Bronchodilators should not be the only or main treatment in patients with severe or unstable asthma. Severe asthma requires regular medical assessment including lung function testing as patients are at risk of severe attacks and even death. Physicians should consider using oral corticosteroid therapy and/or the maximum recommended dose of inhaled corticosteroid in those patients. Patients should seek medical advice if treatment with Ventolin syrup becomes less effective.The dosage or frequency of administration should only be increased on medical advice.Patients taking Ventolin syrup may also be receiving short-acting inhaled bronchodilators to relieve symptoms.Increasing use of bronchodilators in particular short-acting inhaled beta2-agonists to relieve symptoms indicates deterioration of asthma control. The patient should be instructed to seek medical advice if short-acting relief bronchodilator treatment becomes less effective or they need more inhalations than usual.In this situation patients should be reassessed and consideration given to the need for increased anti-inflammatory therapy (eg. Higher doses of inhaled corticosteroids or a course of oral corticosteroid). Severe exacerbations of asthma must be treated in the normal way.Patients should be warned that if either the usual relief with Ventolin oral preparations is diminished or the usual duration of action reduced, they should not increase the dose or its frequency of administration, but should seek medical advice.Ventolin syrup and non-selective beta-blocking drugs, such as propranolol, should not usually be prescribed together.Cardiovascular effects may be seen with sympathomimetic drugs, including salbutamol. There is some evidence from post-marketing data and published literature of rare occurrences of myocardial ischaemia associated with salbutamol. Patients with underlying severe heart disease (e.g. ischaemic heart disease, arrhythmia or severe heart failure) who are receiving salbutamol should be warned to seek medical advice if they experience chest pain or other symptoms of worsening heart disease. Attention should be paid to assessment of symptoms such as dyspnoea and chest pain, as they may be of either respiratory or cardiac origin.Salbutamol should be administered cautiously to patients suffering from thyrotoxicosis.Potentially serious hypokalaemia may result from beta-2 agonist therapy mainly from parenteral and nebulised administration. Particular caution is advised in acute severe asthma as this effect may be potentiated by hypoxia and by concomitant treatment with xanthine derivatives, steroids. It is recommended that serum potassium levels are monitored is such situations.In common with other β-adrenoceptor agonists, salbutamol can induce reversible metabolic changes such as increased blood glucose levels. Diabetic patients may be unable to compensate for the increase in blood glucose and the development of ketoacidosis has been reported. Concurrent administration of corticosteroids can exaggerate this effect.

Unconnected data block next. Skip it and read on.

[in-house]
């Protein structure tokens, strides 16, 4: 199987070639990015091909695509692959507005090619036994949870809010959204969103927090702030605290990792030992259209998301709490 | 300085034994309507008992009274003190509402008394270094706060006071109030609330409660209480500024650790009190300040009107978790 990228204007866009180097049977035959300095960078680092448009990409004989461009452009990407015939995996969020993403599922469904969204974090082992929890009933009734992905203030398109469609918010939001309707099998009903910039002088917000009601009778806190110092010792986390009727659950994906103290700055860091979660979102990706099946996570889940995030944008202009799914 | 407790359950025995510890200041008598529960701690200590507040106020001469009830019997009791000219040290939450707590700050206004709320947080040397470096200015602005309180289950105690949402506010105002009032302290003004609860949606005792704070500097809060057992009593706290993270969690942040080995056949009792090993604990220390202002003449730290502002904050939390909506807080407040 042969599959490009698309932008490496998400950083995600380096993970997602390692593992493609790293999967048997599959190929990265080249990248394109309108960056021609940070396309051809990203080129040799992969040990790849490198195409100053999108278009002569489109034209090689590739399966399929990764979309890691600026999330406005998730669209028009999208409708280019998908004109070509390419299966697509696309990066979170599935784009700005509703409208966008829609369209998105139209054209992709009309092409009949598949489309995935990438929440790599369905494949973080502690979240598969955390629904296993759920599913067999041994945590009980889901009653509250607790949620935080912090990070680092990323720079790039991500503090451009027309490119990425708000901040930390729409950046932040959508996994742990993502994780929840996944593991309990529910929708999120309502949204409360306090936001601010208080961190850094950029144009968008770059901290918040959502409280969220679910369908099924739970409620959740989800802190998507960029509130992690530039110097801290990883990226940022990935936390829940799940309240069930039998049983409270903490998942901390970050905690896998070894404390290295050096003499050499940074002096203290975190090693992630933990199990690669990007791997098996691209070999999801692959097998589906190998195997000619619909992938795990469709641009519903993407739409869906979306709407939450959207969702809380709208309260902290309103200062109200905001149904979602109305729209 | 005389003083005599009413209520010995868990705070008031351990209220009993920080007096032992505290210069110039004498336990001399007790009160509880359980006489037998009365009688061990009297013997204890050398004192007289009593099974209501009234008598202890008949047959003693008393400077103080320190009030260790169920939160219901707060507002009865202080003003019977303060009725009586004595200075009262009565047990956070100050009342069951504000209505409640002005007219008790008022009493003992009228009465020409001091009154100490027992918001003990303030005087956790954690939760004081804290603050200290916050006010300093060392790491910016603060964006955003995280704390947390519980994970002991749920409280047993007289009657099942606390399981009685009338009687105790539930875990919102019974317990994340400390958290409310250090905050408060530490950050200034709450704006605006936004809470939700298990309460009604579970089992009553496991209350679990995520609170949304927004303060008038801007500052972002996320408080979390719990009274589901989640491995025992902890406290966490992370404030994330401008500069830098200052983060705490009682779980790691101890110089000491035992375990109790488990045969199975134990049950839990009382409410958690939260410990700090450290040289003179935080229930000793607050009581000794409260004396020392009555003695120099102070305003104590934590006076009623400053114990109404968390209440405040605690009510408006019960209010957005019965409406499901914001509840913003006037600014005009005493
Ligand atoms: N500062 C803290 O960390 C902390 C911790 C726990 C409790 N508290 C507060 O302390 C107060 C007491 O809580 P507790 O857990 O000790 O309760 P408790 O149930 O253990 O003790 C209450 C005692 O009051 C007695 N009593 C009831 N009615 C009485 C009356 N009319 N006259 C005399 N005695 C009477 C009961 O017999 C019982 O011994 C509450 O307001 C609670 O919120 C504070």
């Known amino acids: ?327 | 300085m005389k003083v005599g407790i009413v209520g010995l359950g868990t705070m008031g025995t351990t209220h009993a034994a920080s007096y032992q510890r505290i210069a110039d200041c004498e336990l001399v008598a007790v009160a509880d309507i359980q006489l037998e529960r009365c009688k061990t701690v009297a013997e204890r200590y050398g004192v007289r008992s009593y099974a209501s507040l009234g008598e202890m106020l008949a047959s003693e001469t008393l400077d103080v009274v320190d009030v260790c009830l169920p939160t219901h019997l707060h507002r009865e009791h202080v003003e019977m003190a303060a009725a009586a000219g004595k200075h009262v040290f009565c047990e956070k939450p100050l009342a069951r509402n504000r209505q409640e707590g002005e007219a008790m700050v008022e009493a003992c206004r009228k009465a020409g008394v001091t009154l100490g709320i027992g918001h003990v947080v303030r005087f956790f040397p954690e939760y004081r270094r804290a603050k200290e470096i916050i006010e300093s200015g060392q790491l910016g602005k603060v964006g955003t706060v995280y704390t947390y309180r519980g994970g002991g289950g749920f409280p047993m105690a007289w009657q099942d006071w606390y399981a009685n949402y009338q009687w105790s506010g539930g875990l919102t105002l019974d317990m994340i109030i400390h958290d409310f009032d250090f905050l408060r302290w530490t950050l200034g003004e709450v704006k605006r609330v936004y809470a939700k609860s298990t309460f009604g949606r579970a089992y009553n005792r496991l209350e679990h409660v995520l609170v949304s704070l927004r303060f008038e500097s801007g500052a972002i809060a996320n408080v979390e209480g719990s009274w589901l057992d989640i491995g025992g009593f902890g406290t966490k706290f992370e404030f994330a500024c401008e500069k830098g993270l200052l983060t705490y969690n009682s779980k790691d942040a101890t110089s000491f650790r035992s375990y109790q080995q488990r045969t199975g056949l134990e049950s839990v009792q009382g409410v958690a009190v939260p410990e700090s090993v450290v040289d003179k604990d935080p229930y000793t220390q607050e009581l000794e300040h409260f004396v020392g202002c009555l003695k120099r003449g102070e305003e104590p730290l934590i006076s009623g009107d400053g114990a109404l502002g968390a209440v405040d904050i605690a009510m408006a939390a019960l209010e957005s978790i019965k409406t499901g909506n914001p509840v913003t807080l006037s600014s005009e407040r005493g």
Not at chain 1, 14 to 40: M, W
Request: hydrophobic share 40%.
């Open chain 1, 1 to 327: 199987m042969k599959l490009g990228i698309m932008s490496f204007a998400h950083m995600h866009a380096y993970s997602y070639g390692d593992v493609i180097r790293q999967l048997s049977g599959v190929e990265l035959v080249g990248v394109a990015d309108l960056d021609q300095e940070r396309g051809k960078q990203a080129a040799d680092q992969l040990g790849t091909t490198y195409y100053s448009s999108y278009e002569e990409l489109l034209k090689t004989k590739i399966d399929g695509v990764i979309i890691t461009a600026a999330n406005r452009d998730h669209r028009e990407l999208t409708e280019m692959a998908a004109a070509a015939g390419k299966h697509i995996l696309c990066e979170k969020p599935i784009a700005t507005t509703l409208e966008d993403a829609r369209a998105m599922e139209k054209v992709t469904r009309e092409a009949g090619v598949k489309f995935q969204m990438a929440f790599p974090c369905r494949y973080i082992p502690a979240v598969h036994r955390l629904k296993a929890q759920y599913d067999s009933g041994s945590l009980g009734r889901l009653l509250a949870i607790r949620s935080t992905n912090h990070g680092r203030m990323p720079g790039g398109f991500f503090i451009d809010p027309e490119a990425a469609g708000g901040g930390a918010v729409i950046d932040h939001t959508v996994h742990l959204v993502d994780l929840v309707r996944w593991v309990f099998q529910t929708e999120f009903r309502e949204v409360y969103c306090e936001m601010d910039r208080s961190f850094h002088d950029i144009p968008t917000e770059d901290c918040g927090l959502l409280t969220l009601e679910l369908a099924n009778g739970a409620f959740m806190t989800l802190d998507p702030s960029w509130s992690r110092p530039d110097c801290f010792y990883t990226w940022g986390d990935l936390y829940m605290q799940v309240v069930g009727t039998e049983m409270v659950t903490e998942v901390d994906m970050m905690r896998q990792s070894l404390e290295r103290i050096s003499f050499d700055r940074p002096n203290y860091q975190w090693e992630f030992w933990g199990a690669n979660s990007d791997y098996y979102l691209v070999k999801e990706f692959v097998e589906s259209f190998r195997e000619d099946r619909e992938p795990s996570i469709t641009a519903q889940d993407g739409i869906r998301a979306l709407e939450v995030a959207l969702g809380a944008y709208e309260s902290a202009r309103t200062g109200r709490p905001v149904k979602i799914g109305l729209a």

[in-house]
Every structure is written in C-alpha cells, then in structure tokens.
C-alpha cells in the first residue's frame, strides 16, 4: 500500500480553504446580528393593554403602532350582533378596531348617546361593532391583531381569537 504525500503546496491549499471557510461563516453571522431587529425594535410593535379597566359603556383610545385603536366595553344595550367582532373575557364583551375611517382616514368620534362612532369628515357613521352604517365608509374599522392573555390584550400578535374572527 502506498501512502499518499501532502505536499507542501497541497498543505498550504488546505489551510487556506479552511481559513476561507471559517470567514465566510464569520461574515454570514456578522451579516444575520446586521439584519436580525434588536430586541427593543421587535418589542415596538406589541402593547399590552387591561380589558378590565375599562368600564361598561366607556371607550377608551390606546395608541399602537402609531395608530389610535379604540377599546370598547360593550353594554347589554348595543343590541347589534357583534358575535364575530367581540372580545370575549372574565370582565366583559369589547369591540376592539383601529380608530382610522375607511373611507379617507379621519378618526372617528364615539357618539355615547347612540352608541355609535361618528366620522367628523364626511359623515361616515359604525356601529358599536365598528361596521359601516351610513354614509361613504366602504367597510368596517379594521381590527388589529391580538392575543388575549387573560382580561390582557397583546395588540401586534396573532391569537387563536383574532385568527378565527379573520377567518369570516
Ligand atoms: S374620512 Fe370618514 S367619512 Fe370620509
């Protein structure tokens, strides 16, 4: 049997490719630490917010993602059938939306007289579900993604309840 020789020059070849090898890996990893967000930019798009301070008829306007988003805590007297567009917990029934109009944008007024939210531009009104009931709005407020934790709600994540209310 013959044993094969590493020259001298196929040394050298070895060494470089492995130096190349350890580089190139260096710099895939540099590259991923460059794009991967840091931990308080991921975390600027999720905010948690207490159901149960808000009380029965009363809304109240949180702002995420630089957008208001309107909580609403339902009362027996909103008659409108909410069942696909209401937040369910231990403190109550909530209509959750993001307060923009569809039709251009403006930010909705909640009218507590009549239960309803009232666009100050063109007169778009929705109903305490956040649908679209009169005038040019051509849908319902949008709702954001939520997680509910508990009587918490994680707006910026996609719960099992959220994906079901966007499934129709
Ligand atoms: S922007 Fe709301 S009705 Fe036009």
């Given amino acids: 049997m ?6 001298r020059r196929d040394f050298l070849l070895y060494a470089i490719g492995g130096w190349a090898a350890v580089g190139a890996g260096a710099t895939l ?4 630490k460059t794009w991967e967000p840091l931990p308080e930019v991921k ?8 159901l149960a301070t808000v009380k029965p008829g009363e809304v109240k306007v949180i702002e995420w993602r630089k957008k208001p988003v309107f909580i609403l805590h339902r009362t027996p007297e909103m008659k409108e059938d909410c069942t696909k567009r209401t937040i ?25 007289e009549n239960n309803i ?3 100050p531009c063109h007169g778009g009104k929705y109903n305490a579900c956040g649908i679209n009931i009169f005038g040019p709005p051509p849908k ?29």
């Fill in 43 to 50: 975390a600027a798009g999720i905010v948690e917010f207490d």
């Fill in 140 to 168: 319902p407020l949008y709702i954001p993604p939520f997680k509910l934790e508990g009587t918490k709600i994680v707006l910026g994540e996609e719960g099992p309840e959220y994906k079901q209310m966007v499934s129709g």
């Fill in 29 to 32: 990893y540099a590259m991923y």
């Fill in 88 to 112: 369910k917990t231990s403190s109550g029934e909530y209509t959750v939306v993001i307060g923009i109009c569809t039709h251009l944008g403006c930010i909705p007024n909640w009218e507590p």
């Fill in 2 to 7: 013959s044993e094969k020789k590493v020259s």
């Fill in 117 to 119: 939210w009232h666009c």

4.5 Interaction with other medicinal products and other forms of interaction